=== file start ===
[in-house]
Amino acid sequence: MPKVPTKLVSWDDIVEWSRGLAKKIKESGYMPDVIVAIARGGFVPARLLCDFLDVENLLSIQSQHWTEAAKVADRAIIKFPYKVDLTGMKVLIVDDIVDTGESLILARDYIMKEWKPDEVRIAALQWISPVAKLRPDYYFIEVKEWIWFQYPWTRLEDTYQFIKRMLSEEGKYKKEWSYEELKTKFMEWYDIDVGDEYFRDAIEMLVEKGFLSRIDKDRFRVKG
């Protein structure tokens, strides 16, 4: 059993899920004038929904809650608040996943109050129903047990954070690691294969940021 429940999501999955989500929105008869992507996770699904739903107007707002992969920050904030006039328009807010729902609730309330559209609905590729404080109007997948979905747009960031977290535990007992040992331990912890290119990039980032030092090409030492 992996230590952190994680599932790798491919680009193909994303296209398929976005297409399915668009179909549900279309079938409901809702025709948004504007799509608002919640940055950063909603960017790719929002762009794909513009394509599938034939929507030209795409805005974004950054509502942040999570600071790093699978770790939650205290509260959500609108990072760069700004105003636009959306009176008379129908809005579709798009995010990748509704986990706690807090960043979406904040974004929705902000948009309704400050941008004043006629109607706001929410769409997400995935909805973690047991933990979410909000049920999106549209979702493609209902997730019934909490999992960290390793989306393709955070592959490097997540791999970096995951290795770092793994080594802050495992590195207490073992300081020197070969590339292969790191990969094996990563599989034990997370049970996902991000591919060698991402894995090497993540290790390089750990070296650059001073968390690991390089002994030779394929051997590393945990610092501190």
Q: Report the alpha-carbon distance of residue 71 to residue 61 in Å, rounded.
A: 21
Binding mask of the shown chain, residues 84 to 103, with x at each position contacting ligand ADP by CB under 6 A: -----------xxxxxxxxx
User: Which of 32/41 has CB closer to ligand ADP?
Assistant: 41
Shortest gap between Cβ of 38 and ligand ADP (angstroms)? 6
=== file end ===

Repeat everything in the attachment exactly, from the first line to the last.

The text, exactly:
[in-house]
Amino acid sequence: MPKVPTKLVSWDDIVEWSRGLAKKIKESGYMPDVIVAIARGGFVPARLLCDFLDVENLLSIQSQHWTEAAKVADRAIIKFPYKVDLTGMKVLIVDDIVDTGESLILARDYIMKEWKPDEVRIAALQWISPVAKLRPDYYFIEVKEWIWFQYPWTRLEDTYQFIKRMLSEEGKYKKEWSYEELKTKFMEWYDIDVGDEYFRDAIEMLVEKGFLSRIDKDRFRVKG
């Protein structure tokens, strides 16, 4: 059993899920004038929904809650608040996943109050129903047990954070690691294969940021 429940999501999955989500929105008869992507996770699904739903107007707002992969920050904030006039328009807010729902609730309330559209609905590729404080109007997948979905747009960031977290535990007992040992331990912890290119990039980032030092090409030492 992996230590952190994680599932790798491919680009193909994303296209398929976005297409399915668009179909549900279309079938409901809702025709948004504007799509608002919640940055950063909603960017790719929002762009794909513009394509599938034939929507030209795409805005974004950054509502942040999570600071790093699978770790939650205290509260959500609108990072760069700004105003636009959306009176008379129908809005579709798009995010990748509704986990706690807090960043979406904040974004929705902000948009309704400050941008004043006629109607706001929410769409997400995935909805973690047991933990979410909000049920999106549209979702493609209902997730019934909490999992960290390793989306393709955070592959490097997540791999970096995951290795770092793994080594802050495992590195207490073992300081020197070969590339292969790191990969094996990563599989034990997370049970996902991000591919060698991402894995090497993540290790390089750990070296650059001073968390690991390089002994030779394929051997590393945990610092501190």
Q: Report the alpha-carbon distance of residue 71 to residue 61 in Å, rounded.
A: 21
Binding mask of the shown chain, residues 84 to 103, with x at each position contacting ligand ADP by CB under 6 A: -----------xxxxxxxxx
User: Which of 32/41 has CB closer to ligand ADP?
Assistant: 41
Shortest gap between Cβ of 38 and ligand ADP (angstroms)? 6